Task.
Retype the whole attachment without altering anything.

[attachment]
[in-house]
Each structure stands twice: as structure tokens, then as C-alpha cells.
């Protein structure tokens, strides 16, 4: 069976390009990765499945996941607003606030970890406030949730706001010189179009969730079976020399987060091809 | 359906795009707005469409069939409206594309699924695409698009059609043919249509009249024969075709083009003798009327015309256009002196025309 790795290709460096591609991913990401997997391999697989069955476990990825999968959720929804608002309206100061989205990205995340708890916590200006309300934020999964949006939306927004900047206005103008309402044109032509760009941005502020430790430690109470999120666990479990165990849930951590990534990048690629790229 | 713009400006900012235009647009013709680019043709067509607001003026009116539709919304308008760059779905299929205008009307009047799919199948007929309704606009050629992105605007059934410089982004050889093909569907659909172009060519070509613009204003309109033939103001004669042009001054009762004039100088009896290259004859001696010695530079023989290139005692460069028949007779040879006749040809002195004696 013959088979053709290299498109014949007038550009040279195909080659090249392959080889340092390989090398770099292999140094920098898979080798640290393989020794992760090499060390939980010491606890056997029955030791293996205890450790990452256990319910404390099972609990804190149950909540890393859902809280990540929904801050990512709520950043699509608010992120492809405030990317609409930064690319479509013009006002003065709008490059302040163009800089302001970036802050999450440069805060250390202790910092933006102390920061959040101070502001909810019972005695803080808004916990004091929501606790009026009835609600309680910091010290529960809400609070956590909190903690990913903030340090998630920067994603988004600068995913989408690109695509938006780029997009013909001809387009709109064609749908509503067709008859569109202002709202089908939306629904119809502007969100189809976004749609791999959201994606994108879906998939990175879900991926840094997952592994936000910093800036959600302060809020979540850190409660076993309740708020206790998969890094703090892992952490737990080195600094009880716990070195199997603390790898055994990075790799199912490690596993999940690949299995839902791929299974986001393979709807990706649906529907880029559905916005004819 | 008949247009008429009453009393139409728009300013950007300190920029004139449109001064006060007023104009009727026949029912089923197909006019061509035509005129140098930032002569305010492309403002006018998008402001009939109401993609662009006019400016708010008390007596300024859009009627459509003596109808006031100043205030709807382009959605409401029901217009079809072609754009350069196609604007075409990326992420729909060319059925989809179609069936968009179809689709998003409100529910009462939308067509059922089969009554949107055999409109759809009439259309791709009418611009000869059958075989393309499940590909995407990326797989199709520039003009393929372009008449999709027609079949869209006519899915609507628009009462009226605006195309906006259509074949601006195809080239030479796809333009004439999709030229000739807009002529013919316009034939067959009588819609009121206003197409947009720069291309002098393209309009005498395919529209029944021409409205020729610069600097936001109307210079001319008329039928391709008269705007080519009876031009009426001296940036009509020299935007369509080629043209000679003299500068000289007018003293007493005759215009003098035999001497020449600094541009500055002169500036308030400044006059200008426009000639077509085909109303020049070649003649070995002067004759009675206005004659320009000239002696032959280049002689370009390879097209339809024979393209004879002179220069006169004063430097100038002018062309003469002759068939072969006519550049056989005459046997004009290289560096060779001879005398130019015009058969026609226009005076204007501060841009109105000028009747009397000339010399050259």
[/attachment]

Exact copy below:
[in-house]
Each structure stands twice: as structure tokens, then as C-alpha cells.
């Protein structure tokens, strides 16, 4: 069976390009990765499945996941607003606030970890406030949730706001010189179009969730079976020399987060091809 | 359906795009707005469409069939409206594309699924695409698009059609043919249509009249024969075709083009003798009327015309256009002196025309 790795290709460096591609991913990401997997391999697989069955476990990825999968959720929804608002309206100061989205990205995340708890916590200006309300934020999964949006939306927004900047206005103008309402044109032509760009941005502020430790430690109470999120666990479990165990849930951590990534990048690629790229 | 713009400006900012235009647009013709680019043709067509607001003026009116539709919304308008760059779905299929205008009307009047799919199948007929309704606009050629992105605007059934410089982004050889093909569907659909172009060519070509613009204003309109033939103001004669042009001054009762004039100088009896290259004859001696010695530079023989290139005692460069028949007779040879006749040809002195004696 013959088979053709290299498109014949007038550009040279195909080659090249392959080889340092390989090398770099292999140094920098898979080798640290393989020794992760090499060390939980010491606890056997029955030791293996205890450790990452256990319910404390099972609990804190149950909540890393859902809280990540929904801050990512709520950043699509608010992120492809405030990317609409930064690319479509013009006002003065709008490059302040163009800089302001970036802050999450440069805060250390202790910092933006102390920061959040101070502001909810019972005695803080808004916990004091929501606790009026009835609600309680910091010290529960809400609070956590909190903690990913903030340090998630920067994603988004600068995913989408690109695509938006780029997009013909001809387009709109064609749908509503067709008859569109202002709202089908939306629904119809502007969100189809976004749609791999959201994606994108879906998939990175879900991926840094997952592994936000910093800036959600302060809020979540850190409660076993309740708020206790998969890094703090892992952490737990080195600094009880716990070195199997603390790898055994990075790799199912490690596993999940690949299995839902791929299974986001393979709807990706649906529907880029559905916005004819 | 008949247009008429009453009393139409728009300013950007300190920029004139449109001064006060007023104009009727026949029912089923197909006019061509035509005129140098930032002569305010492309403002006018998008402001009939109401993609662009006019400016708010008390007596300024859009009627459509003596109808006031100043205030709807382009959605409401029901217009079809072609754009350069196609604007075409990326992420729909060319059925989809179609069936968009179809689709998003409100529910009462939308067509059922089969009554949107055999409109759809009439259309791709009418611009000869059958075989393309499940590909995407990326797989199709520039003009393929372009008449999709027609079949869209006519899915609507628009009462009226605006195309906006259509074949601006195809080239030479796809333009004439999709030229000739807009002529013919316009034939067959009588819609009121206003197409947009720069291309002098393209309009005498395919529209029944021409409205020729610069600097936001109307210079001319008329039928391709008269705007080519009876031009009426001296940036009509020299935007369509080629043209000679003299500068000289007018003293007493005759215009003098035999001497020449600094541009500055002169500036308030400044006059200008426009000639077509085909109303020049070649003649070995002067004759009675206005004659320009000239002696032959280049002689370009390879097209339809024979393209004879002179220069006169004063430097100038002018062309003469002759068939072969006519550049056989005459046997004009290289560096060779001879005398130019015009058969026609226009005076204007501060841009109105000028009747009397000339010399050259």